- Inflation in the United States is at its highest level in four decades, and Americans of all income brackets are feeling the pressure.
- In May, Gallup highlighted Americans’ concerns about finances — from paying rent to covering medical bills.
- These charts show the financial situation of Americans based on various results and survey data.
“Everyone buys food, everyone buys gas, everyone pays utility bills, so it affects everyone,” Jeffrey Jones, editor at Gallup, told Insider. “Obviously, people with higher incomes can absorb these price increases more easily than people with lower incomes.”
As Insider recently reported, Americans aren’t feeling so good about the US economy in general, with the University of Michigan Consumer Sentiment Index free fall
to a new monthly low in June. Gallup’s economic confidence index fell to -45 in May, which Jones wrote is Gallup’s “lowest trending reading during the coronavirus pandemic, and likely the lowest confidence since the end of the Great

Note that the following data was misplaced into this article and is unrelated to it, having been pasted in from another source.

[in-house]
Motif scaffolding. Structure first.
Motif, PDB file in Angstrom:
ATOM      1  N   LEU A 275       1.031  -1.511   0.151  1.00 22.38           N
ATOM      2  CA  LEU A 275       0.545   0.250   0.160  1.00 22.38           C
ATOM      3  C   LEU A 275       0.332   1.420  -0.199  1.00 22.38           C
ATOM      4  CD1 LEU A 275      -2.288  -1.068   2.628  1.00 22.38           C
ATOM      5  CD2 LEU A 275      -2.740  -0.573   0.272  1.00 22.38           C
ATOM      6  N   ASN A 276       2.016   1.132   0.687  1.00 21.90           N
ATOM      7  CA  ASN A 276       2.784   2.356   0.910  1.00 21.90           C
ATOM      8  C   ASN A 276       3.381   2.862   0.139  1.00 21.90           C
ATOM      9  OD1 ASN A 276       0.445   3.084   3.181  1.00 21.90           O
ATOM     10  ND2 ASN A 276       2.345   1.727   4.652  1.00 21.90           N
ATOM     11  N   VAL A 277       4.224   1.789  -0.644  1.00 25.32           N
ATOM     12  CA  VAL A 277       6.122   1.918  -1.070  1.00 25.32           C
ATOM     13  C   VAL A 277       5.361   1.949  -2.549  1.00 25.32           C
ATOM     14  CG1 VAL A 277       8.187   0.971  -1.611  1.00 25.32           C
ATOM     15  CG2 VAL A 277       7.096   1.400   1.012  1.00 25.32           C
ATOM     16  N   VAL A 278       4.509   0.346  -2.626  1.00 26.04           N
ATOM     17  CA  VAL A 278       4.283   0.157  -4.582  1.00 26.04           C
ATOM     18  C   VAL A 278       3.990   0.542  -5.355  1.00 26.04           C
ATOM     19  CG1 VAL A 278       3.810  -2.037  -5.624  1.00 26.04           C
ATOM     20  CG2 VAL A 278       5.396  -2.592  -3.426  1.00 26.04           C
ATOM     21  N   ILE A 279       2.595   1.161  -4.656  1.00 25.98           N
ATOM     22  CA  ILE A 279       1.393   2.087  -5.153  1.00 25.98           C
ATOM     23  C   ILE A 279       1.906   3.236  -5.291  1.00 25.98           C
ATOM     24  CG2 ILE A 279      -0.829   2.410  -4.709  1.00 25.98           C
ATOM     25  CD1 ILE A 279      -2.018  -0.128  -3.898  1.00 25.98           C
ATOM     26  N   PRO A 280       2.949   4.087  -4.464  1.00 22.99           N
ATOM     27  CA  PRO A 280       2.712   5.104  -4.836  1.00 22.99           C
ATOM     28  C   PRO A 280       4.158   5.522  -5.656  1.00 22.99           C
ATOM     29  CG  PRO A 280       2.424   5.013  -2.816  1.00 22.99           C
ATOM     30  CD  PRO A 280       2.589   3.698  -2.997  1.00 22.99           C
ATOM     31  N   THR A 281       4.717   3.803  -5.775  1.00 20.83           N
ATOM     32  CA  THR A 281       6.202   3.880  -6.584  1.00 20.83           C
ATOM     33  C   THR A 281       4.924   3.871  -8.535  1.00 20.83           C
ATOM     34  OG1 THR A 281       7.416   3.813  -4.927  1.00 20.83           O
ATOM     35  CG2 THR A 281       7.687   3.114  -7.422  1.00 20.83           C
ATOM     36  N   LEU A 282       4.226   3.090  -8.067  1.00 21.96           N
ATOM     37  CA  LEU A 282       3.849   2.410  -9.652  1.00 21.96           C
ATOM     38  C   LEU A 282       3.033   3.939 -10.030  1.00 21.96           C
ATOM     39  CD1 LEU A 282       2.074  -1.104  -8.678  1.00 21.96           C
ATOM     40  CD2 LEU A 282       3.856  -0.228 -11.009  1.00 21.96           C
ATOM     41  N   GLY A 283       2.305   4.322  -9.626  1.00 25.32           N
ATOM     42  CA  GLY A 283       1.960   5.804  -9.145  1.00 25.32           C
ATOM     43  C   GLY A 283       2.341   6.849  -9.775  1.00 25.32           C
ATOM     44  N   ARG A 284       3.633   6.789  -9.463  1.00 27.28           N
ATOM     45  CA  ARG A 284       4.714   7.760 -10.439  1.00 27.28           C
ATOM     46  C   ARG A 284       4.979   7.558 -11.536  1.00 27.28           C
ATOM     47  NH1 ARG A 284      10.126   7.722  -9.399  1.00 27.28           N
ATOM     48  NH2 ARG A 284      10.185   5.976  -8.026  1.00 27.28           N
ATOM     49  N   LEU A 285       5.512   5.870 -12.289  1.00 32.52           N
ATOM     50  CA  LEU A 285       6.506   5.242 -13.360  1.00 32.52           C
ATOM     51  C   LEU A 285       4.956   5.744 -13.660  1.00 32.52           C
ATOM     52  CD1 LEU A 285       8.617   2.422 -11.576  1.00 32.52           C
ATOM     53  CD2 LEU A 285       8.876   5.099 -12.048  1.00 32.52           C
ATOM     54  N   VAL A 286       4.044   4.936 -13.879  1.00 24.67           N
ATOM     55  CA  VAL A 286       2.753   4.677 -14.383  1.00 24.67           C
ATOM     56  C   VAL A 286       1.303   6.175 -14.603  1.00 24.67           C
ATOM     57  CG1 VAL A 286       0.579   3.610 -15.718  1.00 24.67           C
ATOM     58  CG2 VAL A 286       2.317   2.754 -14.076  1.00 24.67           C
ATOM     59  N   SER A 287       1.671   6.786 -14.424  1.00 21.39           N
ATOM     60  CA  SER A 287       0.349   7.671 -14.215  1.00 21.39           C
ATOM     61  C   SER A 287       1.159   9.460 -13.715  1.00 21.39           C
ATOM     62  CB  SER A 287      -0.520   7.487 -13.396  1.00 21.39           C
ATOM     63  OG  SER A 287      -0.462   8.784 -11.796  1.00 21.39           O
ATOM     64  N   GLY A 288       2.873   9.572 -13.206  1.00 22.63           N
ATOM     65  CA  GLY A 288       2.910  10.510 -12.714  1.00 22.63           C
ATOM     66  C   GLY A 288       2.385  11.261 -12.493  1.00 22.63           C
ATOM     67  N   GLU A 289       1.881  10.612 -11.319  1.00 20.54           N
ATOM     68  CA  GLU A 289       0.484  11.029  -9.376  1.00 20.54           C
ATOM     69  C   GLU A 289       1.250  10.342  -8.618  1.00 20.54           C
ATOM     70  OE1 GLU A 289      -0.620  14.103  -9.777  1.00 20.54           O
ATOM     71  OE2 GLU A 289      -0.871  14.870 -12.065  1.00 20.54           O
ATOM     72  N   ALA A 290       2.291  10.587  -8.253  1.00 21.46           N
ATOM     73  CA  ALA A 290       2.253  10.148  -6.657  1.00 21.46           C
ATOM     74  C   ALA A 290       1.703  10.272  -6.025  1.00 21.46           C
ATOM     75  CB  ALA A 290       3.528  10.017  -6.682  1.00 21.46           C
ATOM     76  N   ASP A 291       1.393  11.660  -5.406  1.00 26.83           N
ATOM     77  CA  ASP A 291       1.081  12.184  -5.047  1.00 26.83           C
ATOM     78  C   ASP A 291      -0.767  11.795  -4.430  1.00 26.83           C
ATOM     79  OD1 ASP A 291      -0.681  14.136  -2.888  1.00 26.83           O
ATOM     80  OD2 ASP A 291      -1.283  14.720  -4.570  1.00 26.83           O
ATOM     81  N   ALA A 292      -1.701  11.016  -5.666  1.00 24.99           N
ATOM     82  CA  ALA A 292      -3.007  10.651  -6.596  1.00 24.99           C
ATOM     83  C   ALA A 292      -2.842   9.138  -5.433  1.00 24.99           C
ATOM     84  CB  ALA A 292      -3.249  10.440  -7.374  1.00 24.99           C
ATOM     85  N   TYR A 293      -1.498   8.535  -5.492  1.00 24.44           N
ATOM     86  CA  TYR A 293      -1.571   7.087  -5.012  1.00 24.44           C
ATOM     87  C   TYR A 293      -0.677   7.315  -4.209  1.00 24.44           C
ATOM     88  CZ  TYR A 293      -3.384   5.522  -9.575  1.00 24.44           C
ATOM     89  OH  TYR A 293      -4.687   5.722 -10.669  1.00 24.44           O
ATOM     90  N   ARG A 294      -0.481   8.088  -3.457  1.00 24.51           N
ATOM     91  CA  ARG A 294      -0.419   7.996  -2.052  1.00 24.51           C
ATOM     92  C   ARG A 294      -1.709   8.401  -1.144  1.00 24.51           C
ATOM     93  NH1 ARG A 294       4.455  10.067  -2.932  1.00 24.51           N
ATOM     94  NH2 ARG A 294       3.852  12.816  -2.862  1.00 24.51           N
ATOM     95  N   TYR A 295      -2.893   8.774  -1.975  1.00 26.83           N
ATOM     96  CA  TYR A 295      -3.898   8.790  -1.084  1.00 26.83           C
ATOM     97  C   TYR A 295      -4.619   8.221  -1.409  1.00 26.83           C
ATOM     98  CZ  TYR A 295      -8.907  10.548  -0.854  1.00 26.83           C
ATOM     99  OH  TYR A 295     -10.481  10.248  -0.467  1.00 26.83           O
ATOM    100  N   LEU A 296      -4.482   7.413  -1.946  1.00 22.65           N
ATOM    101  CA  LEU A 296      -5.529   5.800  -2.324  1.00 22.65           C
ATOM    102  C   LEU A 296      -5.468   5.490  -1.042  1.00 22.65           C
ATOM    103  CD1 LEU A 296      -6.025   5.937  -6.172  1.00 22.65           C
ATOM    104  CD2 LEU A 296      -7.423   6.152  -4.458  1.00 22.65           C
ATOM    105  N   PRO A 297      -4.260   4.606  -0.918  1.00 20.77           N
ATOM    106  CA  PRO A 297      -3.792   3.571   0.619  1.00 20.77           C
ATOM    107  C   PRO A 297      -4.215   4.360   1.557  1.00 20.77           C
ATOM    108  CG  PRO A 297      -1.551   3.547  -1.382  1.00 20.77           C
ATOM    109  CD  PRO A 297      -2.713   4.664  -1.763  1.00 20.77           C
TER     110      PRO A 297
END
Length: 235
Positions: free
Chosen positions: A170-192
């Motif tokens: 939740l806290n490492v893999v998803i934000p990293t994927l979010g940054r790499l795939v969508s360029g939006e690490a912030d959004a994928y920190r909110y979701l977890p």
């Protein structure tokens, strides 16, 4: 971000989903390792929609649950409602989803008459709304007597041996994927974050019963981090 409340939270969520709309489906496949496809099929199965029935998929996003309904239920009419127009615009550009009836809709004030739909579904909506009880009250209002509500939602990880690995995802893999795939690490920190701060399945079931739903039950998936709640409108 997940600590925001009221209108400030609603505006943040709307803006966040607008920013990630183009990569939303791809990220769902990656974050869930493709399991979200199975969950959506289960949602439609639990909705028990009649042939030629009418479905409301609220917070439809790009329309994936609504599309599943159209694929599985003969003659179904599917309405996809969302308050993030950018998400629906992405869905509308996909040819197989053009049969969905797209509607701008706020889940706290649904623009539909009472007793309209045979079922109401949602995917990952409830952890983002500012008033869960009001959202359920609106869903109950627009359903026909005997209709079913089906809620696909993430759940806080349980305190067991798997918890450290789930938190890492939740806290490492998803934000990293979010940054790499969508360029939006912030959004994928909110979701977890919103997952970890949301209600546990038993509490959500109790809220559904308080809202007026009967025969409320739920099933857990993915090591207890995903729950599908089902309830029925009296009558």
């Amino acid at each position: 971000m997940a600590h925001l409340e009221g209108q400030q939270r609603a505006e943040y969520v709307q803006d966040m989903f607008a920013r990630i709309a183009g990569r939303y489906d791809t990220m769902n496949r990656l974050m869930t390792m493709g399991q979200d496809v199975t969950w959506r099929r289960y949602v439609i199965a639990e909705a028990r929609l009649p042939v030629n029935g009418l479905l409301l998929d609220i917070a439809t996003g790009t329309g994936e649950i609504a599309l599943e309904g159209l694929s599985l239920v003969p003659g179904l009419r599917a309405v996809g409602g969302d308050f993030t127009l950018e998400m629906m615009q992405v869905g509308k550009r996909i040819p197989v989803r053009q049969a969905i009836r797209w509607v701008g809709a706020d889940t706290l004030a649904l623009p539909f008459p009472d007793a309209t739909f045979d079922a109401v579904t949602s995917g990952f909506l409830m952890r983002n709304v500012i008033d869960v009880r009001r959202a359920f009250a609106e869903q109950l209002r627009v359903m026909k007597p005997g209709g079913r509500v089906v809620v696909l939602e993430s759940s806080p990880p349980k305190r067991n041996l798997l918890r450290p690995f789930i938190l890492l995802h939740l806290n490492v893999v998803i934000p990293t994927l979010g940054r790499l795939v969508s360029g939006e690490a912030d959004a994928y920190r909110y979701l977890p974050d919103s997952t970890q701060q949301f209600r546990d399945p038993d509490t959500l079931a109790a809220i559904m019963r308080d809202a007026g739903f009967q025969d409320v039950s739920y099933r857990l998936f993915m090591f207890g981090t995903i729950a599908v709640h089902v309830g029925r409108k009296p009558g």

Jones pointed out to Insider a Gallup poll asking Americans how they rate their finances. For middle incomes, 55% said their finances were excellent or good in 2021, which is higher than the 41% of middle income respondents who said this in 2022. Their finances are excellent or good as in 2021. Somewhat less than a quarter of low-income respondents said their finances were excellent or good in the 2022 survey.
But rising prices don’t affect all Americans equally.
With half of American adults residing in middle-income households and low-income households feeling inflationary pressures more than high-income households, we looked at survey results and data over time to see how Americans’ financial situation was faring and how they felt faced with their situation.